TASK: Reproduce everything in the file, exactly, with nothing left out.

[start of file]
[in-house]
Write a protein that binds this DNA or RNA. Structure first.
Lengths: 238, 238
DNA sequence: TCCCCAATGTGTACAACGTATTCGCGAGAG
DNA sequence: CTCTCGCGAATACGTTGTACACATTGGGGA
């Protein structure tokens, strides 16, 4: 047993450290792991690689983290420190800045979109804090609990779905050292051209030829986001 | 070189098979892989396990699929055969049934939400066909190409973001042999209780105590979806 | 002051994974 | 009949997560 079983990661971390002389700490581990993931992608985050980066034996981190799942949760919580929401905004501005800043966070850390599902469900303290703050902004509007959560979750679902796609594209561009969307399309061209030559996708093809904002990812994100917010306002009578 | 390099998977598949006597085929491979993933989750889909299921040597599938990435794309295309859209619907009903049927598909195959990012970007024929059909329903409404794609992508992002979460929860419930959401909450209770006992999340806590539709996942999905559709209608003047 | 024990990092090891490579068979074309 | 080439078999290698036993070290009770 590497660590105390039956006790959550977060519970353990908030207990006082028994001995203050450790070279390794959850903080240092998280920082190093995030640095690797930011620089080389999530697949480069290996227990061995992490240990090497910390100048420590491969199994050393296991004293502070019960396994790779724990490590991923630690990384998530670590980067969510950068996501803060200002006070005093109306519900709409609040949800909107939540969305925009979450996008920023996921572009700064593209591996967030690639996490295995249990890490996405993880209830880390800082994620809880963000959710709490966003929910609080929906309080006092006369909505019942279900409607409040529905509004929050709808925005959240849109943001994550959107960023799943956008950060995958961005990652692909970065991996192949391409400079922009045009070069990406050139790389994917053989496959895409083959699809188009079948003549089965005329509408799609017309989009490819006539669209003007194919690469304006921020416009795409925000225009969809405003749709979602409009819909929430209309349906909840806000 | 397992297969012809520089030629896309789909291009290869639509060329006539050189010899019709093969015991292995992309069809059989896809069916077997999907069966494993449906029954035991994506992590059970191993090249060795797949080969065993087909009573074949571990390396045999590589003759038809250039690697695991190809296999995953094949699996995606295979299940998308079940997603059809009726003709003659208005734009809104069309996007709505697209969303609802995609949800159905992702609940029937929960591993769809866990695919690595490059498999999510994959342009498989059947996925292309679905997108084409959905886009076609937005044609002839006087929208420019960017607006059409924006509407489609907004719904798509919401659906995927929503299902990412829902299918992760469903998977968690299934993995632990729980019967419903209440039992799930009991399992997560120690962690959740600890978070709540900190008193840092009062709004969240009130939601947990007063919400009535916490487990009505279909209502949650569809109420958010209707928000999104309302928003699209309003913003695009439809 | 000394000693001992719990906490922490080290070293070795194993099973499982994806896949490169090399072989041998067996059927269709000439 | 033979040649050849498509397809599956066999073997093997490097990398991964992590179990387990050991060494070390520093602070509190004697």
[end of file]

[in-house]
Write a protein that binds this DNA or RNA. Structure first.
Lengths: 238, 238
DNA sequence: TCCCCAATGTGTACAACGTATTCGCGAGAG
DNA sequence: CTCTCGCGAATACGTTGTACACATTGGGGA
């Protein structure tokens, strides 16, 4: 047993450290792991690689983290420190800045979109804090609990779905050292051209030829986001 | 070189098979892989396990699929055969049934939400066909190409973001042999209780105590979806 | 002051994974 | 009949997560 079983990661971390002389700490581990993931992608985050980066034996981190799942949760919580929401905004501005800043966070850390599902469900303290703050902004509007959560979750679902796609594209561009969307399309061209030559996708093809904002990812994100917010306002009578 | 390099998977598949006597085929491979993933989750889909299921040597599938990435794309295309859209619907009903049927598909195959990012970007024929059909329903409404794609992508992002979460929860419930959401909450209770006992999340806590539709996942999905559709209608003047 | 024990990092090891490579068979074309 | 080439078999290698036993070290009770 590497660590105390039956006790959550977060519970353990908030207990006082028994001995203050450790070279390794959850903080240092998280920082190093995030640095690797930011620089080389999530697949480069290996227990061995992490240990090497910390100048420590491969199994050393296991004293502070019960396994790779724990490590991923630690990384998530670590980067969510950068996501803060200002006070005093109306519900709409609040949800909107939540969305925009979450996008920023996921572009700064593209591996967030690639996490295995249990890490996405993880209830880390800082994620809880963000959710709490966003929910609080929906309080006092006369909505019942279900409607409040529905509004929050709808925005959240849109943001994550959107960023799943956008950060995958961005990652692909970065991996192949391409400079922009045009070069990406050139790389994917053989496959895409083959699809188009079948003549089965005329509408799609017309989009490819006539669209003007194919690469304006921020416009795409925000225009969809405003749709979602409009819909929430209309349906909840806000 | 397992297969012809520089030629896309789909291009290869639509060329006539050189010899019709093969015991292995992309069809059989896809069916077997999907069966494993449906029954035991994506992590059970191993090249060795797949080969065993087909009573074949571990390396045999590589003759038809250039690697695991190809296999995953094949699996995606295979299940998308079940997603059809009726003709003659208005734009809104069309996007709505697209969303609802995609949800159905992702609940029937929960591993769809866990695919690595490059498999999510994959342009498989059947996925292309679905997108084409959905886009076609937005044609002839006087929208420019960017607006059409924006509407489609907004719904798509919401659906995927929503299902990412829902299918992760469903998977968690299934993995632990729980019967419903209440039992799930009991399992997560120690962690959740600890978070709540900190008193840092009062709004969240009130939601947990007063919400009535916490487990009505279909209502949650569809109420958010209707928000999104309302928003699209309003913003695009439809 | 000394000693001992719990906490922490080290070293070795194993099973499982994806896949490169090399072989041998067996059927269709000439 | 033979040649050849498509397809599956066999073997093997490097990398991964992590179990387990050991060494070390520093602070509190004697």